How to Make a DIY Bucket Chicken Nest Box
Did you know that you can make your own chicken nest boxes? There is no need to throw money at brand-new boxes if you are on a tight budget or if you just prefer to repurpose instead of buying new ones. Grab some buckets and I’ll show you how to make DIY bucket nest boxes!
DIY 5-Gallon Bucket Nest Boxes for Chickens
5-gallon buckets projects are endless around the homestead! If you didn’t already know, they make excellent nest boxes for chickens. They have enough space for the laying hens to move around while being enclosed enough to keep them feeling cozy and safe.
The design for your bucket stand will be based on what you have available and what your coop is like. I had an old wooden coffee table that I placed my bucket nest boxes on top of, but you can build a frame or a platform as well. The buckets will go on whatever stand you choose and the hens will be able to lay their eggs without issue.
This same idea can be applied to kitty litter buckets, old milk crates, waste baskets, and other repurposed materials.
What to Know Before Making Chicken Nest Boxes
When making DIY nest boxes, here are a few tips to keep in mind:
- Keep the boxes low to the ground. Hens like to nest low and roost high.
- Don’t put the nest boxes directly under the roost or they will be covered in poo.
- Make them removable for cleaning (the hens will poop in them at some point).
- A good rule of thumb is to have at least 1 box per 5 hens, but they will all still fight over one box.
- Ensure that the height of the nest box is high enough for a chicken to sit comfortably. A 5-gallon bucket is just the right height.
- They do not have to be beautiful. My table foundation has chipped paint and missing slats and the buckets aren’t always shiny (only after wash day). However, they are functional and free!
Why are Chicken Nesting Boxes Important
Laying hens will lay eggs whether they have nesting boxes or not, but having nest boxes can be beneficial in a few different ways.
1. Safety & Security
Nest boxes are important for chickens so they have a safe space to lay their eggs. They like to lay eggs in a covered area because the covering makes them feel safe from aerial predators.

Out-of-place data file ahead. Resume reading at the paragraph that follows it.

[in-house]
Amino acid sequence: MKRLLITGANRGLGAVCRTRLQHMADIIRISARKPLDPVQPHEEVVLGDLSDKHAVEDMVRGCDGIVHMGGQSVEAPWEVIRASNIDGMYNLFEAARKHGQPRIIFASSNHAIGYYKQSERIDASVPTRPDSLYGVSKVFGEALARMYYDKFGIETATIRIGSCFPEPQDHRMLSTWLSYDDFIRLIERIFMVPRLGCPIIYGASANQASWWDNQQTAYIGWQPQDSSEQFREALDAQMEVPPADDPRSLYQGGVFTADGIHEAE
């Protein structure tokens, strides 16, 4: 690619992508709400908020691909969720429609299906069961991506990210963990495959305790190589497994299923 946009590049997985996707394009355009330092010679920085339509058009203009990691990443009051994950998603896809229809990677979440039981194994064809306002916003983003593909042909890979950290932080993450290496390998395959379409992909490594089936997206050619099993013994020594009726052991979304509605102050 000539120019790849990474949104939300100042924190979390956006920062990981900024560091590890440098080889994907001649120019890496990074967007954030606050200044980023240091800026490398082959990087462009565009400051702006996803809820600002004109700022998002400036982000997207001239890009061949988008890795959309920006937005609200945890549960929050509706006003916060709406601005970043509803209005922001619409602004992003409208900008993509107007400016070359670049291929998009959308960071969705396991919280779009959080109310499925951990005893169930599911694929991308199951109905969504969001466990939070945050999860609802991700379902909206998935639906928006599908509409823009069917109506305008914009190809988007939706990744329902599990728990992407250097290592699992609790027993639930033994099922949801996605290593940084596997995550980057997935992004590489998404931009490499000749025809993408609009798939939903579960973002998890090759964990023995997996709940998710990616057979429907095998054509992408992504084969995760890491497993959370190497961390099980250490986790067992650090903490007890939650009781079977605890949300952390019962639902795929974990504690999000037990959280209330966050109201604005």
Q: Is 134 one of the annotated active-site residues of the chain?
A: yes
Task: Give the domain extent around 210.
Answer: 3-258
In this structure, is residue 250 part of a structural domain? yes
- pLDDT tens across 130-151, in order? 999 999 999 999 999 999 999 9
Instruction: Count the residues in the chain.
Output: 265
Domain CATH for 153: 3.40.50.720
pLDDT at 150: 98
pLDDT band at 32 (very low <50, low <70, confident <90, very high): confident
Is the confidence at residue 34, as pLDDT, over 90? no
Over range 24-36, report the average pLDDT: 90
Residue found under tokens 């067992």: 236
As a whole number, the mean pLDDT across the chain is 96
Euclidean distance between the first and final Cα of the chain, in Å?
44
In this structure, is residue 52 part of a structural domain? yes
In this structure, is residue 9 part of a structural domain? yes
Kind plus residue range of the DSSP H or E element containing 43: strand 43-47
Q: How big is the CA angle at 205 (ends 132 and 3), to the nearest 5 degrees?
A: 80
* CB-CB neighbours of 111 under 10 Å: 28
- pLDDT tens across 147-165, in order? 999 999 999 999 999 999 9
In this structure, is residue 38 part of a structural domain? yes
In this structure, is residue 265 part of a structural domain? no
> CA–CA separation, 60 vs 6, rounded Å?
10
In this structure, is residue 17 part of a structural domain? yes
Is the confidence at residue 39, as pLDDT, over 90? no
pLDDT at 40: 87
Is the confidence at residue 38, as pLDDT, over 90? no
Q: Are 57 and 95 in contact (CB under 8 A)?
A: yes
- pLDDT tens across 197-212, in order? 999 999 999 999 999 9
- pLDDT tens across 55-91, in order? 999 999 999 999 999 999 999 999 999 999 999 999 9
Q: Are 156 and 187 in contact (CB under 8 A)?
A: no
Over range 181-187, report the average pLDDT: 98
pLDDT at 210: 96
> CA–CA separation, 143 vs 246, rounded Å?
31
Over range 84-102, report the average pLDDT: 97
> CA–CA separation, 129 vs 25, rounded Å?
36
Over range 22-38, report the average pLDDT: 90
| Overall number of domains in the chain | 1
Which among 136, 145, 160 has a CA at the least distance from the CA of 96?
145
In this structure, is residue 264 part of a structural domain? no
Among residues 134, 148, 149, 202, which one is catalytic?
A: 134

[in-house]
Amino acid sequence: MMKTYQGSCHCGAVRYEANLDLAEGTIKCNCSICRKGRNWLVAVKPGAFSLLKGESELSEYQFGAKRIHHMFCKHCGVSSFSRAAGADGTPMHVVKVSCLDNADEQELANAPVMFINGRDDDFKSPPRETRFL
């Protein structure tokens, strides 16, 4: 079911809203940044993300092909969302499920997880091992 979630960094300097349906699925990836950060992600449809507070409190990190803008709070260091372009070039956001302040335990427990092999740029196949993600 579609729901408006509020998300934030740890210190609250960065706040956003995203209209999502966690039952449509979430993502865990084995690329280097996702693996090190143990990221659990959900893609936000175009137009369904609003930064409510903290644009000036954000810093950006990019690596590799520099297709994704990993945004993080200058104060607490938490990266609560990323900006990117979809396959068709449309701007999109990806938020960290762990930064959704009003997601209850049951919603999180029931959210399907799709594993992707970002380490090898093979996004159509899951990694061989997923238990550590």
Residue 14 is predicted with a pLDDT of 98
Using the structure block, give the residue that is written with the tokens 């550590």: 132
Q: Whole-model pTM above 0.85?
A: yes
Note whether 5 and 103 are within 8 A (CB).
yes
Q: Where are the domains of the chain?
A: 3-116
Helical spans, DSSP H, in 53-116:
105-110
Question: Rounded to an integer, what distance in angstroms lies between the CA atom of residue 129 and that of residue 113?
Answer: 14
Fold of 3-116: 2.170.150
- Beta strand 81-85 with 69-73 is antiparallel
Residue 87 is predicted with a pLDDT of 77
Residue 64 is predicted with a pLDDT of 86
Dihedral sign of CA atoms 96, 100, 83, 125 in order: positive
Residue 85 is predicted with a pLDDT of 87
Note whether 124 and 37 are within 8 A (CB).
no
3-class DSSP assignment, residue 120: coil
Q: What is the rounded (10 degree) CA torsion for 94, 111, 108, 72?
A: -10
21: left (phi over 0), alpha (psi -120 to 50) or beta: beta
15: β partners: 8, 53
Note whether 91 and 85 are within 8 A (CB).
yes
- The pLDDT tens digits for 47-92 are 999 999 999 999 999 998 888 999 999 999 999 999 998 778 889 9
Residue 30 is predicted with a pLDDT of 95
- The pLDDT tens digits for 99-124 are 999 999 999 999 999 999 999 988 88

2. Skip the Easter Egg Hunt
Without nest boxes, you will most likely have to search for eggs each day especially if your birds are free-range. Having a specific place for them to lay will eliminate this egg hunt and make collecting eggs a much easier task.
When you first introduce your birds to their nest boxes, you may need to train them a bit by placing ceramic eggs or golf balls in the boxes so they know where to lay.
Well-kept nest boxes can also help to keep your eggs clean and intact.
How to Make DIY Chicken Nest Boxes with 5-Gallon Buckets
- Five-Gallon Buckets
- Some type of foundation (table, DIY platform, etc)
- Lip (cut down lid or board)
STEP ONE: Gather Buckets
You can use buckets that you have lying around, find free buckets from local businesses, or buy new ones. Just make sure that there were no hazardous materials stored in the buckets that you choose.
STEP TWO: Set the Foundation
The foundation can vary based on your needs, available materials, and coop space. You can build a simple frame or shelf or you can use something like a coffee table (this is what I did).
STEP THREE: Secure Buckets
Make sure that the buckets cannot roll around when the hens jump inside. The bucket nest boxes can be screwed into the frame or they can be positioned close enough together that they hold themselves in place. Just be sure that you can remove the buckets for easy cleaning as needed.
STEP FOUR: Add a Lip
You will want to add some type of lip to your DIY nest boxes to keep the hens from kicking the bedding and eggs out. I attached a board across the front, but you could also cut down a lid to make a lip that fits the bucket. To do this, take a bucket lid and cut ⅔ off. Attach the remaining ⅓ to the bottom of the bucket opening.
STEP FIVE: Add Bedding
Decide on the bedding type for your bucket nest boxes. I use straw because my hens tend to prefer straw for laying and it helps to keep the eggs nice and clean. You can also use wood shavings or nest box pads. Whatever you choose, make sure that they have fresh bedding each day to keep them from finding a new spot to lay and to avoid dirty eggs.